Public health agencies confronted by the threat of online misinformation might already possess low-cost solutions to tackle it. They just need to reinforce some traditional tenets of risk communication and upgrade others.
This was the main lesson to emerge from our experience producing The Batsapp Project, a documentary podcast on outbreak misinformation. The series chronicles how the public health establishment in Kerala, India wrestled with viral online misinformation during the 2018 Nipah outbreak—which claimed the lives of 17 of the 19 individuals who were infected. We interviewed clinicians, health officials, senior administrators, journalists and activists at the forefront of the Nipah response.
Their stories revealed 5 insights of particular relevance to local public health establishments in low- and middle-income countries seeking to combat online misinformation in relatively resource-constrained contexts:
Monitor social media manually and through crowdsourcing: Kerala’s response team monitored Facebook, Twitter and WhatsApp for misinformation and relayed their findings to administrators who would then counter these false claims during daily press briefings. Community members could also verify the accuracy of the messages they received via social media apps by sending it to a publicly distributed mobile number.
Provide psychological support to cope with the outbreak and misinformation: Besides fueling mistrust, anxiety and panic among the general public, misinformation triggers social stigma, ostracization and discrimination against health care workers, their families and the families of victims. In anticipation of the psychological consequences, the district public health establishment in Kerala organized in-person and telephone support through local psychologists and psychiatrists. These sessions involved counseling and relaxation techniques to help affected community members and health workers cope with the situation, and have been revived at a larger scale for COVID-19.
Leverage trust in physicians: Trust is the cornerstone of effective risk communication and clinicians are usually among the most trusted sources of health information. In Kerala, a group of physicians with a substantial social media following formed Infoclinic, an initiative that provides reliable health information and actively partakes in efforts to dispel health-related rumors and misinformation. Infoclinic sought to complement the efforts of the state government by using social media to disseminate accurate health information in the state’s local language, Malayalam.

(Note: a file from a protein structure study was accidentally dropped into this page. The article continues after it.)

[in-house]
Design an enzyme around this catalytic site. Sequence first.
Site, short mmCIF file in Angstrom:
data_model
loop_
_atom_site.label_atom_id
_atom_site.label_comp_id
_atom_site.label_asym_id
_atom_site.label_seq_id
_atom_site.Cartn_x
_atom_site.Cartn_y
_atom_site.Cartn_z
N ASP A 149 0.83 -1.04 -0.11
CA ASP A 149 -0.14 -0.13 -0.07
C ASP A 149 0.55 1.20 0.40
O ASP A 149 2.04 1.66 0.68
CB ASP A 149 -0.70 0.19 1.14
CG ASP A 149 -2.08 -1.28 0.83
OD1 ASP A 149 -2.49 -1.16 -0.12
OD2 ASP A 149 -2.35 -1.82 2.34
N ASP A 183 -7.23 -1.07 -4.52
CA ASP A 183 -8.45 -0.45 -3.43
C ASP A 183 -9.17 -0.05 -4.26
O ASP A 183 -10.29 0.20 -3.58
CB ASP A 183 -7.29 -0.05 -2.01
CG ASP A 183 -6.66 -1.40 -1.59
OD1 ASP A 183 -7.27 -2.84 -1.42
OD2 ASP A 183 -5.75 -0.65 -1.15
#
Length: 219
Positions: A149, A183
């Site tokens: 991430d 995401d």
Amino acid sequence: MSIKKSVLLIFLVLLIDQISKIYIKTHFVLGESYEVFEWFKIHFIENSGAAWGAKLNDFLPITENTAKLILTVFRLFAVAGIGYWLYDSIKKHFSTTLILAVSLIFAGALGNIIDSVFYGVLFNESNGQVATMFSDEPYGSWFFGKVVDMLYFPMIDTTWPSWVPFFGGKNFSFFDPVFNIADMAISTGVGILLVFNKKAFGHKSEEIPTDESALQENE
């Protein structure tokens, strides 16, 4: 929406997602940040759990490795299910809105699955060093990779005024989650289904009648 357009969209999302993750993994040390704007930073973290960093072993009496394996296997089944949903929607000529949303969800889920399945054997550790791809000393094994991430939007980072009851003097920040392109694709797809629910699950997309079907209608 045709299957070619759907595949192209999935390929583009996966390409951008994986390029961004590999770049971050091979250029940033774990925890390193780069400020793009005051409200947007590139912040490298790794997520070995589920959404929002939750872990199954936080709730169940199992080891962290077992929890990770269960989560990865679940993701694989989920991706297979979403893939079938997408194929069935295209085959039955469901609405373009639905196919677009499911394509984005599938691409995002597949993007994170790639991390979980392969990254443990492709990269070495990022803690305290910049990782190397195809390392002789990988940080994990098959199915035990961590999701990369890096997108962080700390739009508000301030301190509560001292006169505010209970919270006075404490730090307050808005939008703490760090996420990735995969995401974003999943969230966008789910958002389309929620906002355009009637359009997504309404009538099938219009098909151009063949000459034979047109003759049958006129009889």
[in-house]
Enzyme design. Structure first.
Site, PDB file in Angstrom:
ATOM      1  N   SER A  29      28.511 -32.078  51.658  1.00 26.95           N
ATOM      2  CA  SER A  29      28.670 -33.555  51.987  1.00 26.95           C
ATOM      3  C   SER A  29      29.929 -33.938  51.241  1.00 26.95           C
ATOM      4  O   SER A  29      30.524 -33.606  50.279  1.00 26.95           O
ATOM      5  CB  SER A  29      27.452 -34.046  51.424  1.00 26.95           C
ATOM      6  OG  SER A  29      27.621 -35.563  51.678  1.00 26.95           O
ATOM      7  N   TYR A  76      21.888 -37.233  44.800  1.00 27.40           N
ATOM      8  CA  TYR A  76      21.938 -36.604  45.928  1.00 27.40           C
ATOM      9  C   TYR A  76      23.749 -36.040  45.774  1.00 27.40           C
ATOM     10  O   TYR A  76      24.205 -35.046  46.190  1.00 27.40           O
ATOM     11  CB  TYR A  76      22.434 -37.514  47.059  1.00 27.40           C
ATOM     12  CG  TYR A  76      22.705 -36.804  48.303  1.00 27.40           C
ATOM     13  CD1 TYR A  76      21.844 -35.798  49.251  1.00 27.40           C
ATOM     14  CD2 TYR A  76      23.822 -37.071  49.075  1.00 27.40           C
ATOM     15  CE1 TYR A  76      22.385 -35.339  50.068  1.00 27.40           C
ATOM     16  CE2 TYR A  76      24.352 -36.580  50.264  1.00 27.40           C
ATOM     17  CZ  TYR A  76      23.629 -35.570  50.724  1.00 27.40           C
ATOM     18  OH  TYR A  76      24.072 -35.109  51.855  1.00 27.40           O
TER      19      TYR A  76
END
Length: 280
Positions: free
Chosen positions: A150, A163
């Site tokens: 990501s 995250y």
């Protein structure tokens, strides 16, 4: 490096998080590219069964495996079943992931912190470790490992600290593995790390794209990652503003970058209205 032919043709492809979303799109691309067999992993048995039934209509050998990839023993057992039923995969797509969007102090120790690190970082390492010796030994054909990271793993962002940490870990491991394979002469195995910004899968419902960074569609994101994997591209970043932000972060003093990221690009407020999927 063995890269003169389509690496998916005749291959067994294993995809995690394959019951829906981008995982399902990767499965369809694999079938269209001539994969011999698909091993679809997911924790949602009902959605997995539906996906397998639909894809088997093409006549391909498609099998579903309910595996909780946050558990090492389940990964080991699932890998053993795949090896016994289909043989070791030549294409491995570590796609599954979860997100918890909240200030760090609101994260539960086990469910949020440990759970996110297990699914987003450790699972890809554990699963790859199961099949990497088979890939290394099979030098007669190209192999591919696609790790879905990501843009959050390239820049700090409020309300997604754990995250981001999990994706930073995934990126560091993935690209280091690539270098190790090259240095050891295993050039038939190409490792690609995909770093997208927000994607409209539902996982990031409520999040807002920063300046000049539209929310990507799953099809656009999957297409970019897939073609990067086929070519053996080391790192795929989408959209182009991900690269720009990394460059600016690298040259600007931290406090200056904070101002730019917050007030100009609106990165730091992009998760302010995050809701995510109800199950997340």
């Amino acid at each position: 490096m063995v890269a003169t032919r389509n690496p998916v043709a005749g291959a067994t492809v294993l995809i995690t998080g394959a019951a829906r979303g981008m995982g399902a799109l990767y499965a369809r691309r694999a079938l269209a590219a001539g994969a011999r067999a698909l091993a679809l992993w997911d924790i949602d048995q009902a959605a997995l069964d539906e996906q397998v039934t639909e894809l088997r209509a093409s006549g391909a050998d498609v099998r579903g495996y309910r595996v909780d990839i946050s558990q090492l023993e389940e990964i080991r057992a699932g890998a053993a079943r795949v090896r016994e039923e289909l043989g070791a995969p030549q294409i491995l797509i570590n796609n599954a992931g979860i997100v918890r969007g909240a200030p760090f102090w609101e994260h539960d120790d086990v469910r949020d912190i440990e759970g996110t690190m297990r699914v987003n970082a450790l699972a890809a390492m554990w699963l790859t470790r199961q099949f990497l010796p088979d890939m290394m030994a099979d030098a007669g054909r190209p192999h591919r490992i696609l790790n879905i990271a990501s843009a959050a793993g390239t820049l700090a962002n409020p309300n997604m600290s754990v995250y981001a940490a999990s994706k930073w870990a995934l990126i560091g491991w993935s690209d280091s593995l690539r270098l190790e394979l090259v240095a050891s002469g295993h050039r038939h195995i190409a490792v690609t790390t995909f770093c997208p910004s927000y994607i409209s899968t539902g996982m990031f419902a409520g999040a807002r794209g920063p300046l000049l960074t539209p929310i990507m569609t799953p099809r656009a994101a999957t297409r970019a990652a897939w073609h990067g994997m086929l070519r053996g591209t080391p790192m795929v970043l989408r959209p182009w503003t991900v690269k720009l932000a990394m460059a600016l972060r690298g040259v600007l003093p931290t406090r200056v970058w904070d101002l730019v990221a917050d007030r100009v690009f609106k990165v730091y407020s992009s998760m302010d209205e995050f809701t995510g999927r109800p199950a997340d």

Bring local leaders together on a common platform: Online misinformation can polarize communities. Kerala’s public health establishment forged a dialogue by bringing together local religious leaders, officials from the local municipality and district administration, and clinicians and allowed journalists to observe these discussions. These dialogues aligned all stakeholders on the outbreak response, including the types of misinformation circulating on social media. This helped create an environment of trust and enabled community and religious leaders to diffuse official and accurate messages to their social networks.
Engage news media, ensure transparency: Traditional news media like newspapers can spread misinformation that originates on online platforms. To minimize this prospect, Kerala’s administrators organized Nipah workshops for journalists, made themselves available for interviews, leveraged existing relationships with editors, and organized daily press conferences. These strategies helped cultivate the news media as a force that was keen to aid the state’s efforts in combating both the disease and misinformation outbreaks.
It might not be feasible to implement all these strategies in all contexts given variations in internet connectivity and access, political trust, religious polarization, and relationships between the news media and the state. However, they demonstrate that misinformation during outbreaks can be tackled using low-cost approaches and by optimizing existing social capital between the public health establishment and local stakeholders.
You can listen to the full story of Kerala’s response to online misinformation and expert perspectives on the psychological dimensions of the global infodemic problem on iTunes, Spotify , SoundCloud, and Google Podcasts. The podcast series was funded by the UK Digital Economy Crucible.
Santosh Vijaykumar, PhD is senior lecturer and public engagement lead at the Department of Psychology, Northumbria University in Newcastle, UK. His research examines the role of social media in global health with a focus on online misinformation during infectious disease outbreaks. He can be reached via Twitter @percer or email: santosh.vijaykumar [at] northumbria.ac.uk ().
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